REVIEW | 2021 Polo Vivo benefits from a touch of Mswenko attitude
The Volkswagen (VW) Polo Vivo is the undisputed king of the budget focused B segment in the marketplace despite the majority of its rivals boasting cleverer tech and trendier, crossover shapes.
VW SA’s forte has always been decent spec, size and being priced right.
This has kept SA buyers positively hooked and rivals, such as the Ford Figo, Kia Rio, Renault Sandero Stepway and many more, are not able to get as much as a sniff of the monthly sales this aged VW accrues. With the new Polo Vivo Mswenko, the brand has come out swinging even harder against the competition.
In a nutshell, the Mswenko, which is a play on the English word “swanky” in Zulu slang, is VW’s way of upping the technology ante and keeping this old war horse fresh to fend off newer, more advanced segment rivals through wrapping it all up in funkier interior and exterior touches.
On the outside this includes side decals, a chrome-tip exhaust, 16-inch Portago alloy wheels in anthracite, a black-painted roof, privacy glass, and mirror covers in two colour variants.
But the cabin fittings are the same basics from 2014 when the model was still fresh-faced; and because most of the Vivo’s customers are a younger, more connected and vibrant bunch, the interior gets blue seats, an anthracite headliner, silver inserts in the dashboard, a leather-clad multi-function steering wheel and gear lever, and standard fitment of VW’s App Connect functionality, and a banging six-speaker sound system.
My tester was packed to the rafters with optional items, such as a reverse camera and cruise control, to demonstrate how posh and user-friendly it can be. But layering on better passenger accommodation atop timeworn underpinnings hasn’t transformed the entire package.
The Vivo is old-hat and this is felt through a number of facets, including its naturally aspirated 1.4l motor with 63kW and 132Nm that’s exclusively mated to a five-speed manual gearbox.
It just doesn’t possess the same fluidity in power delivery as some of its newer rivals and also isn’t as agile. It doesn’t feel it could challenge any of the newbies down a challenging back-road. But it stabs forward with sufficient straight-line driving pace and adequate, rather than excellent, 6.6l/100km fuel consumption.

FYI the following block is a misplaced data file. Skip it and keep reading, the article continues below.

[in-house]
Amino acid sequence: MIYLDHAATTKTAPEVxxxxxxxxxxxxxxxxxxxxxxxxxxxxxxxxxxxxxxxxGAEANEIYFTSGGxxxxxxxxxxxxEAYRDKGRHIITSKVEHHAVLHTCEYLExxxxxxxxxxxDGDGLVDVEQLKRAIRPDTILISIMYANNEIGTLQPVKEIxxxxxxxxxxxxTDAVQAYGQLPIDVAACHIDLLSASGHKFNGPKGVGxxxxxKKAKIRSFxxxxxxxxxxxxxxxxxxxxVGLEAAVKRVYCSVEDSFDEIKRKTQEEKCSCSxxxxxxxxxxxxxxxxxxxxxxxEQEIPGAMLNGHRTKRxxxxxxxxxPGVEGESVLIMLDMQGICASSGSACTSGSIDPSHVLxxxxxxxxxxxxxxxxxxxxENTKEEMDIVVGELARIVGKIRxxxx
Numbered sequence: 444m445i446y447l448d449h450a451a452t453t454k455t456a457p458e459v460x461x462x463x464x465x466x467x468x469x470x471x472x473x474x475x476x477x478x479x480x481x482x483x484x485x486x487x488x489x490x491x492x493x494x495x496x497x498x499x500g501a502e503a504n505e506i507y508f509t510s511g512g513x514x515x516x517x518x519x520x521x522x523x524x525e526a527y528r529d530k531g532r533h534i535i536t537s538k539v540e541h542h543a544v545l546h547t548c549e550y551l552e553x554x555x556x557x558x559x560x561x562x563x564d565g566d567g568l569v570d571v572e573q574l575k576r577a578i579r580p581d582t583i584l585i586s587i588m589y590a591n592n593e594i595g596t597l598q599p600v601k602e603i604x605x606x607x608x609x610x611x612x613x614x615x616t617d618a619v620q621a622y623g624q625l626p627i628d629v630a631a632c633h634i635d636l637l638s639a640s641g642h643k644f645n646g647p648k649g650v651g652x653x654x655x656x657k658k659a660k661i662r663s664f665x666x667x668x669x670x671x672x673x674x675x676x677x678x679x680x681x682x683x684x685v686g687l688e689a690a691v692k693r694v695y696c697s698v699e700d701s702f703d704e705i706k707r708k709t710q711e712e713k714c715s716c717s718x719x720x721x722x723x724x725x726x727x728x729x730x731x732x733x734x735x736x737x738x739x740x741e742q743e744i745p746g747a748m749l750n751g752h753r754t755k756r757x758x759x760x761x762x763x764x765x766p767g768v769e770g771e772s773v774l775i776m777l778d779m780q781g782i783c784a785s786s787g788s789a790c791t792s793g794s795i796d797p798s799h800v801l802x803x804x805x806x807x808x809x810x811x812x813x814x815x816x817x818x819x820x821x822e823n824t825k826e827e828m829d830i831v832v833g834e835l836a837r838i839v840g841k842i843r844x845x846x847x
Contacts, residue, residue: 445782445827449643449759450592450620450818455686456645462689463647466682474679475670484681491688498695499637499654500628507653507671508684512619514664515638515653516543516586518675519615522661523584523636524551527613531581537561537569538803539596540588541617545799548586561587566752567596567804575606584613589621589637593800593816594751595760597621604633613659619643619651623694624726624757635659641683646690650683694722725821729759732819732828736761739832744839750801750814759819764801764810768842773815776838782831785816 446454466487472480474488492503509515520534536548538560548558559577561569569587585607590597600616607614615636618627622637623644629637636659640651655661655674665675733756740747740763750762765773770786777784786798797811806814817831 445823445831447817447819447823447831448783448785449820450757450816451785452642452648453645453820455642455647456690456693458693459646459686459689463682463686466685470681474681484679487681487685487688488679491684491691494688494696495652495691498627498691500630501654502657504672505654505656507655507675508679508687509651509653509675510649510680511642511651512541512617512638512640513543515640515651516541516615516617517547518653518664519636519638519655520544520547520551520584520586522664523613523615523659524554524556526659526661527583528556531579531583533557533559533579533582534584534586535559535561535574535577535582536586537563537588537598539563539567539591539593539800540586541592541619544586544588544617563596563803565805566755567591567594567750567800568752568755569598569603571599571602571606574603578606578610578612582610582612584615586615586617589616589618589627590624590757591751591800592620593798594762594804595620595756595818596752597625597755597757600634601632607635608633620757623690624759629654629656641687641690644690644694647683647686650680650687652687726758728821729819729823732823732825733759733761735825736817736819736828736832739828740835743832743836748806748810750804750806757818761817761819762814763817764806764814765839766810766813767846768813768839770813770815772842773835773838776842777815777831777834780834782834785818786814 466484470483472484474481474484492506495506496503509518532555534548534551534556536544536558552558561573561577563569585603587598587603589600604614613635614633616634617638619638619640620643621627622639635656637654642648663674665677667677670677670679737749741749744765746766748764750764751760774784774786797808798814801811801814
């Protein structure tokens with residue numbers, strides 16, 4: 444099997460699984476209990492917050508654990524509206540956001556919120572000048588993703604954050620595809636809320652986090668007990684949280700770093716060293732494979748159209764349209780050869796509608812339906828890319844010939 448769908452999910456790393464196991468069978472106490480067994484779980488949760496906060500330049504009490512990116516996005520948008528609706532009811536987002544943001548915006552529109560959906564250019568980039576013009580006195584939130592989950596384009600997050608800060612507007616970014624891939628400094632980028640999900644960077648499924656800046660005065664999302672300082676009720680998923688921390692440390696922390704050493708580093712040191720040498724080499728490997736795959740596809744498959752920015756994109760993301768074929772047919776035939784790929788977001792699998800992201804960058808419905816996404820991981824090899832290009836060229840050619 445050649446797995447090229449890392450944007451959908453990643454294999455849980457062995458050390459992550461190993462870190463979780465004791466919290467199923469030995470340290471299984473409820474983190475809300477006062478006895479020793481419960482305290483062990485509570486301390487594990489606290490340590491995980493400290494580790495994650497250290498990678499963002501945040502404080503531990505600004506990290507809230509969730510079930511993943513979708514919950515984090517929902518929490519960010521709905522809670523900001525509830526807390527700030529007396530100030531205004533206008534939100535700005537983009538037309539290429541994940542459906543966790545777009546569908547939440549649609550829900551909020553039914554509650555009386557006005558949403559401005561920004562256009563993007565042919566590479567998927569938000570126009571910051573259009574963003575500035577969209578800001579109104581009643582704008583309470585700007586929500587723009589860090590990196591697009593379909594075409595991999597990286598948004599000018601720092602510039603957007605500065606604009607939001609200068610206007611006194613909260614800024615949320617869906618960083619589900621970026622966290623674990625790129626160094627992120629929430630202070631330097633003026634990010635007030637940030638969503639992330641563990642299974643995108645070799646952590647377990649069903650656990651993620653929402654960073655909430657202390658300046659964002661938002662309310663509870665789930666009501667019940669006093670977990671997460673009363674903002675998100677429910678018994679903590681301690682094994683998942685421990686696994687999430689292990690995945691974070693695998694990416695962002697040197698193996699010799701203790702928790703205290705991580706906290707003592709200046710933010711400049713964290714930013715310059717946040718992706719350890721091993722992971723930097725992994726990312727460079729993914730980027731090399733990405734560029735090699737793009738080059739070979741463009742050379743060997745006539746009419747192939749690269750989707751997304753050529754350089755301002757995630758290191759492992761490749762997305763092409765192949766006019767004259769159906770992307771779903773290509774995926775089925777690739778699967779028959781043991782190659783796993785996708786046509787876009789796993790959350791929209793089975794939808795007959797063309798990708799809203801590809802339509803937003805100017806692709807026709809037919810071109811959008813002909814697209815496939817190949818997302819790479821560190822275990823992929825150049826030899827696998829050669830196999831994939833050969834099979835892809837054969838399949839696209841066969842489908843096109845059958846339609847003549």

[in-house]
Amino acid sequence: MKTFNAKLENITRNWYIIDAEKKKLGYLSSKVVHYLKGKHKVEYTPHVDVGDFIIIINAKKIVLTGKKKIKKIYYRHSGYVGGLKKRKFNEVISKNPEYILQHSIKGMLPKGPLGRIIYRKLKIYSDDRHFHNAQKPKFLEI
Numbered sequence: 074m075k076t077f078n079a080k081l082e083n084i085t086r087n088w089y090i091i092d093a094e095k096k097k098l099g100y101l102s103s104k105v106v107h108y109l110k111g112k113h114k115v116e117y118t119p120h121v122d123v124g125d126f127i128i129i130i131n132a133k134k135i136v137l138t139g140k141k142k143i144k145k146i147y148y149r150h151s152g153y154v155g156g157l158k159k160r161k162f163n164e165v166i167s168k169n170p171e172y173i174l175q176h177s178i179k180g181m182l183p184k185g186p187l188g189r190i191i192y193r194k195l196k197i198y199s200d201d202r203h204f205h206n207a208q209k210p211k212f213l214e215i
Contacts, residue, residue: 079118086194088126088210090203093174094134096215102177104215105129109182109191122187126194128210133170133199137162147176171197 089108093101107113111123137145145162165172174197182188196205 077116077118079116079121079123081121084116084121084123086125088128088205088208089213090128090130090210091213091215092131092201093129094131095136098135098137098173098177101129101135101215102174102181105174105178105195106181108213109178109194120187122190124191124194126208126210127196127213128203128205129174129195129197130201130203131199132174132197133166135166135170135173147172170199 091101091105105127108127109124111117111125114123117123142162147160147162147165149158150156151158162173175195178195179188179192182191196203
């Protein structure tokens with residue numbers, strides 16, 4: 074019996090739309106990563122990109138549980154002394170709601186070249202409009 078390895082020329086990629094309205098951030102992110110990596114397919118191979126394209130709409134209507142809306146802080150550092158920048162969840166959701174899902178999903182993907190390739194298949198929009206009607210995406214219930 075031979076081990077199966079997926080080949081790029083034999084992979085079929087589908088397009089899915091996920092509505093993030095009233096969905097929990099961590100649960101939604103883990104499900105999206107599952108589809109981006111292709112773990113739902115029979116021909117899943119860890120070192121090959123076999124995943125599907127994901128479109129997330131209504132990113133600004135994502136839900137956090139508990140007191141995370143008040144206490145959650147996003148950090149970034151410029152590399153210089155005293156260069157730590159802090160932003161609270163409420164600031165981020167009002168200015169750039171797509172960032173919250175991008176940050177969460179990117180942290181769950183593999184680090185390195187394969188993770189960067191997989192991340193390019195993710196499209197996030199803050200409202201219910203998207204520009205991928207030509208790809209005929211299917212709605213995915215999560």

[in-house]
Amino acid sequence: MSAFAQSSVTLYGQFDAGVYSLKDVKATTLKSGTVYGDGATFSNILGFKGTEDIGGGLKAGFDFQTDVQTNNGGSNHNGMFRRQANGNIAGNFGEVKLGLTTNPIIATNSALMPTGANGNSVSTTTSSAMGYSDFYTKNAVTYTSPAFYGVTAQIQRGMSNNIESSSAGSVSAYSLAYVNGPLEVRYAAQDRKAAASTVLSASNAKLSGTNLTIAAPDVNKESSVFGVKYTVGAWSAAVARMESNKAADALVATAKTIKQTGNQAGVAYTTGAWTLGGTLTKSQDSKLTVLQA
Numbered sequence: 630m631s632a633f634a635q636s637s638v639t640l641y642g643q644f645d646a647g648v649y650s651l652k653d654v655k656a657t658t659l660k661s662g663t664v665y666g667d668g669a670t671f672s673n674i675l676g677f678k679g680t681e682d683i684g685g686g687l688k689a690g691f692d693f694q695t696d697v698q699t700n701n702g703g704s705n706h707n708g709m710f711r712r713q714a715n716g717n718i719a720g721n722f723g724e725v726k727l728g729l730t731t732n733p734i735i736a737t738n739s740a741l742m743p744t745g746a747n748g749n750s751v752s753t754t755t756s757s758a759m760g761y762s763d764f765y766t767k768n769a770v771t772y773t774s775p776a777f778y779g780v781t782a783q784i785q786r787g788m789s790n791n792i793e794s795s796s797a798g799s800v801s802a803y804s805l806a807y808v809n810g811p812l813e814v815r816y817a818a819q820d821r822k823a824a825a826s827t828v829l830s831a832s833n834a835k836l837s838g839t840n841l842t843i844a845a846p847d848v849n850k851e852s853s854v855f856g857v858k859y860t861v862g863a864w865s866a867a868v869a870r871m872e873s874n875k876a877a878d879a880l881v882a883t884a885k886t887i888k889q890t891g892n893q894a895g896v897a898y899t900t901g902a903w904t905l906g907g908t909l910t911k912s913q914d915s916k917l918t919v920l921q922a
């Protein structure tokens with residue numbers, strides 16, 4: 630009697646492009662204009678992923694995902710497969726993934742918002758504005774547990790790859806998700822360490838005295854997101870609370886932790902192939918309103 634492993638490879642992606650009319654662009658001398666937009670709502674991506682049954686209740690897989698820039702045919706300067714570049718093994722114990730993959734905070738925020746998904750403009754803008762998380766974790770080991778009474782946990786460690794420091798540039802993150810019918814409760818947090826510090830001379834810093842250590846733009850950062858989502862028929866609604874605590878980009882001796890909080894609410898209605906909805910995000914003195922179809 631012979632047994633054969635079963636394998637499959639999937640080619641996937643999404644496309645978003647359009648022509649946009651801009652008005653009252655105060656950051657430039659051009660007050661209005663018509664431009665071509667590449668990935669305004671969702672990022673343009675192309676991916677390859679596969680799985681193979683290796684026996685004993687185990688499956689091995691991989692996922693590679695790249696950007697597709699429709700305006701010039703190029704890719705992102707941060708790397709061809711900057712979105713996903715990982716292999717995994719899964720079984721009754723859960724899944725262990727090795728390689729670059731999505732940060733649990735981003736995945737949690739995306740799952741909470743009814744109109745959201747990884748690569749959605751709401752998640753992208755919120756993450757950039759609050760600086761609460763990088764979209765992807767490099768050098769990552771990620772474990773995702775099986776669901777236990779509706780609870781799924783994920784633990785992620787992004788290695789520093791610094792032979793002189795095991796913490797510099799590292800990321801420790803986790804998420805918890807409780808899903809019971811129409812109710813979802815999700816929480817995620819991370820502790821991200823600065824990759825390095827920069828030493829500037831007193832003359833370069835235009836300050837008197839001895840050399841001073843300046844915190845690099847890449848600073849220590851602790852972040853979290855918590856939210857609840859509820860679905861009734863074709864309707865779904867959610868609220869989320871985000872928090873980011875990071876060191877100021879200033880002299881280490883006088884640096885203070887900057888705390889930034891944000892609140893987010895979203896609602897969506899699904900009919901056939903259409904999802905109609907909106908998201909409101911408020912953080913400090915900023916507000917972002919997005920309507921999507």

The VW Polo range still has marketable positives among its foibles, the first being that you certainly don’t get many cars of its size for the asking price. The spacious interior is a highlight that still trumps many, especially the minuscule alternatives.
As an example, it’s priced competitively against the Ford Figo while boasting a footprint the size of the more expensive Ford Fiesta, but at what cost? Well, you only get two airbags and no stability control while some of its peers have six airbags, some are fitted with stability control and others with the option of an automatic transmission and diesel power.
But who am I to argue with VW’s till slips? The Vivo remains a peerless sales success in a highly competitive market. Hats off to VW’s recipe that remains formidable even with such competition.
It’s a much needed extension of the Vivo range with its connectivity capabilities that fit right in with its music-streaming, youthful devotees.
Would I buy it? No. There are far too many refined alternatives, some of them more SUV-ish in shape. But if you are prepared to drive a sizeable hatchback that’s a nearly a decade old and which has been spruced up with blue seats and new age infotainment, step this way.
Type: five-speed manual
Type: Front wheel drive
Top speed: 177km/h
Fuel Consumption: 5.9l/100km (as claimed) 6.3l/100km (as tested)
Multifunction steering wheel, on-board trip computer, audio system with Bluetooth, air con, electric front windows, USB and Aux port, front fog lamps, alloy wheels, remote central locking, cloth upholstery, two airbags, ABS brakes, power steering.
COST OF OWNERSHIP
Warranty: Three years/120,000km
Lease*: R5,340 per month
*at 10% interest over 60 months no deposit
POLO VIVO MSWENKO
Colourful seats, fuel economy, space
Budget hatch with a touch of swagger
Value for money****
Ford Figo Freestyle 1.5 Trend, 91kW/150Nm — R241,100
Citroën C3 Shine, 60kW/118Nm — R264,900
Haval H1 1.5, 69kW/130Nm — R202,900
Hyundai Grand i10 1.2 Fluid, 61kW/114Nm — R233,500
Kia Picanto 1.2 X-Line, 61kW/122Nm — R237,995
Mahindra XUV300 1.5TD W4, 86kW/300Nm — R254,999
Renault Sandero Stepway Expression 0.9T, 66kW/135Nm — R231,900
Toyota Starlet 1.4 XS, 68kW/130Nm — R219,500
Suzuki Baleno 1.4 GO, 68kW/130Nm — R221,900
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